SOMERVILLE, Massachusetts (Reuters) - Irish band U2 gave a prelude to its upcoming world tour with a brief private show on Wednesday for just 950 fans who got a chance to make news by asking the band some tough questions.
Among the revelations from the banter with the crowd: U2 is considering reworking and re-releasing some early work including its debut album “Boy” released in 1980 that included U2’s first big hit “I Will Follow.”
“I would love to sing that album again and finish that,” said lead singer Bono. He said they were rushed from the studio producing “Boy” because they “couldn’t afford another hour.”
“The early records, there’s some beautiful songs that feel a little bit unfinished to us,” he said.
Pressed on what he’d like to change, the Irish rocker singled out his “phony English accent” on “Boy.”
The back-and-forth with the crowd in Boston’s neighboring city of Somerville followed an energetic set of five songs from U2’s new album “No Line On The Horizon” which debuted at No. 1 in 30 countries, including the United States and Britain.
An early contender for biggest record of the year, “No Line” is being closely watched by a business seeking to reverse deep declines in album sales. It has been described as the band’s most experimental album since 1991.
Mainstream critics have generally warmed to it. Rolling Stone calls it a “five-star masterpiece” and Mojo magazine gave it four stars. But influential music website Pitchfork describes it as “rather pitiful.”
In the 95-year-old Somerville Theater -- a brick venue originally designed for stage shows and vaudeville -- U2 tested four of its new releases: “Get On Your Boots,” “Magnificent,” “Breathe” and “I’ll Go Crazy, If I Don’t Crazy Tonight.”
The band ended the show, broadcast live on radio, with 2005 hit single “Vertigo.”
In the past two weeks, U2 has played on the roof of the BBC in London, had a street temporarily named after it for a week in New York, and performed an unprecedented five-night engagement on CBS’ “Late Show with David Letterman.”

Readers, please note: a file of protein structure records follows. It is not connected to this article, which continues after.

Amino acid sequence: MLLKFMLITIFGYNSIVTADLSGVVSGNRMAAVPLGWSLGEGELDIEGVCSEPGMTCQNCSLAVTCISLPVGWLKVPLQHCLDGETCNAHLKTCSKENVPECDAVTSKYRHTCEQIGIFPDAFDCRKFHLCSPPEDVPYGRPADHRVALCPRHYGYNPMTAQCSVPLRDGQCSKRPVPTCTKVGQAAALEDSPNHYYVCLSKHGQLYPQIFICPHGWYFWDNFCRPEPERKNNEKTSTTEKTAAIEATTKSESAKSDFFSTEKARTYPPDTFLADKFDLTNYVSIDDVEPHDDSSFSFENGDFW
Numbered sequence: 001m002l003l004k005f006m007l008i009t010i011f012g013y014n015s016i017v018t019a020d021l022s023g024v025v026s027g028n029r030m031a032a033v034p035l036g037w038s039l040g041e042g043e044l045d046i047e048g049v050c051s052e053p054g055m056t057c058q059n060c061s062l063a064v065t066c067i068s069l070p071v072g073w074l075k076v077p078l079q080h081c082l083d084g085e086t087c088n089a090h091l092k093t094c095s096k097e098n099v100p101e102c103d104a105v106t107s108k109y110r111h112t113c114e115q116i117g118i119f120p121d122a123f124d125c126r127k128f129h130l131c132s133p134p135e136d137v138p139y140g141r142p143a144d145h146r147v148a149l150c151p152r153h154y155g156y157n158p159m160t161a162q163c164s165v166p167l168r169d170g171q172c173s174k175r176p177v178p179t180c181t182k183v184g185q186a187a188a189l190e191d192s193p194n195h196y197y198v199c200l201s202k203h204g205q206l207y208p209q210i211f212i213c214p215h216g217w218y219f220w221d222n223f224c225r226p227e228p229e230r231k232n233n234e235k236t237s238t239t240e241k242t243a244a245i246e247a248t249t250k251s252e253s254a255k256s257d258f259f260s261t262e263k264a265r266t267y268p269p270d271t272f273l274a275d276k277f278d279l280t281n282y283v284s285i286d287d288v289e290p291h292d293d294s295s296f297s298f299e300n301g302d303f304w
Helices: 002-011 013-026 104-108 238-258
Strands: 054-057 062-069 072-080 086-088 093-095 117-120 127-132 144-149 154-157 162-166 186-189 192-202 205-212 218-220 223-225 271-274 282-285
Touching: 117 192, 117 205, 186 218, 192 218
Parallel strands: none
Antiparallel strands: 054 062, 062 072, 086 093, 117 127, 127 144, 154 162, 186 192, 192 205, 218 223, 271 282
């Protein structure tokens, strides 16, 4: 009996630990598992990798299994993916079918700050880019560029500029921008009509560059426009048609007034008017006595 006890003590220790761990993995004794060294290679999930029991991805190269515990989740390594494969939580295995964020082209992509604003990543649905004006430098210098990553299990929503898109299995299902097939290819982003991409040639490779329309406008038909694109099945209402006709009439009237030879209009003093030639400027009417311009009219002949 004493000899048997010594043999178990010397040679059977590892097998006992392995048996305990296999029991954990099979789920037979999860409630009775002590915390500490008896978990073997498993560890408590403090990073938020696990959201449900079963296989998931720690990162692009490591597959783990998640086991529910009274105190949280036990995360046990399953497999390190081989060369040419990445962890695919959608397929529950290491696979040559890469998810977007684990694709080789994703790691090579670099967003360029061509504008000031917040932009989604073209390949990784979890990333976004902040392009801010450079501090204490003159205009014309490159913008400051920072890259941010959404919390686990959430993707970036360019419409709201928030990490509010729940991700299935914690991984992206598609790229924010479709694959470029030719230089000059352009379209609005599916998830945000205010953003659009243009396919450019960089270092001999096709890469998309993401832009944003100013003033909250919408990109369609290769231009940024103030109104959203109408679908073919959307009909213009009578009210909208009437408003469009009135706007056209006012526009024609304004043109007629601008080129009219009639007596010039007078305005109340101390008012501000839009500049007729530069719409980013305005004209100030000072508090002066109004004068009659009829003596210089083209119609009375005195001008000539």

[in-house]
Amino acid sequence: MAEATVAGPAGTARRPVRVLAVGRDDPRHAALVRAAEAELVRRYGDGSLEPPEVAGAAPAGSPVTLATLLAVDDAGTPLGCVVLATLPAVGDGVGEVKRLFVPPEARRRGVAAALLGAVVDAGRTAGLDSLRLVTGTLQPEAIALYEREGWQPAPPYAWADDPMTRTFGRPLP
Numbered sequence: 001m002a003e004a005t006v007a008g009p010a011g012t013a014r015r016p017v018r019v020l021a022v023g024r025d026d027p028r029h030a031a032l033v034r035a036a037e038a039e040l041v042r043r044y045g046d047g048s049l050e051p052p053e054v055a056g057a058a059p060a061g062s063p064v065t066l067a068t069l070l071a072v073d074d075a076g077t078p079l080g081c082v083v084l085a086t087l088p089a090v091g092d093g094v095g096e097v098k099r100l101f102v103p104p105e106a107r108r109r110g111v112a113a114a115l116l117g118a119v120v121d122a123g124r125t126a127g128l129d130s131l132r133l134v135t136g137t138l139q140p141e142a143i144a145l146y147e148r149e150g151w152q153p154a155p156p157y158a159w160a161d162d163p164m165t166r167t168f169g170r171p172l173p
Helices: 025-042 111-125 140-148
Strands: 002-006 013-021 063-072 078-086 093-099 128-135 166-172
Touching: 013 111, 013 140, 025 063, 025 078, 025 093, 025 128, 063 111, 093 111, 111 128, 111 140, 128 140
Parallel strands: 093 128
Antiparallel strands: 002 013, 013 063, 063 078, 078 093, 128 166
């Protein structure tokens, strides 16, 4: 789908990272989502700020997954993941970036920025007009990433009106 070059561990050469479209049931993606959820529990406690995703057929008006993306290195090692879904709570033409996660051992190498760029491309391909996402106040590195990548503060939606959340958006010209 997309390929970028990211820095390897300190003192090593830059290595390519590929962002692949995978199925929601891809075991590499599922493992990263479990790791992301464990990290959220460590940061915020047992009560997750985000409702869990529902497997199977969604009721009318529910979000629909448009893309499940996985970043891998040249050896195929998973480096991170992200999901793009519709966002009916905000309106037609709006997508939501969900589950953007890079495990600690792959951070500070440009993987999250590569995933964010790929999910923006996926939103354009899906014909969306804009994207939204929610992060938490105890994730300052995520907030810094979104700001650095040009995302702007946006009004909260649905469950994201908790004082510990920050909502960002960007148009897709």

Wednesday’s show capped a three-night, syndicated-radio event across the United States that included one-hour interviews conducted in Los Angeles on Monday and Chicago on Tuesday.
About 2,000 people gathered outside the theater, held back by metal barricades and hoping to catch a glimpse of the band. Tickets to the free-concert were distributed through radio station promotions and to guests selected by U2’s label.
Asked which songs he would never tire of playing and which he never wanted to play again, guitarist The Edge said there were plenty of old U2 songs he’s happy to avoid,
“There are so many U2 songs that I am quite happy not to play. But the thing is we still want to rewrite some of them, and who knows we may at some point re-release a few of our early albums with a few changes,” he said.
There were several other revelations from the Q&A session moderated by an MTV Networks reporter.
The Edge revealed that even his mother calls him “the Edge.” Bass guitarist Adam Clayton took a shot at rock star Sting, saying: “Sting’s only problem is that he is too cool. He is too cool to be cool.”
And drummer Larry Mullen Jr. said one of his most memorable onstage moments with the band was when a woman got up on stage and handcuffed herself to Bono’s leg.
Editing by Vicki Allen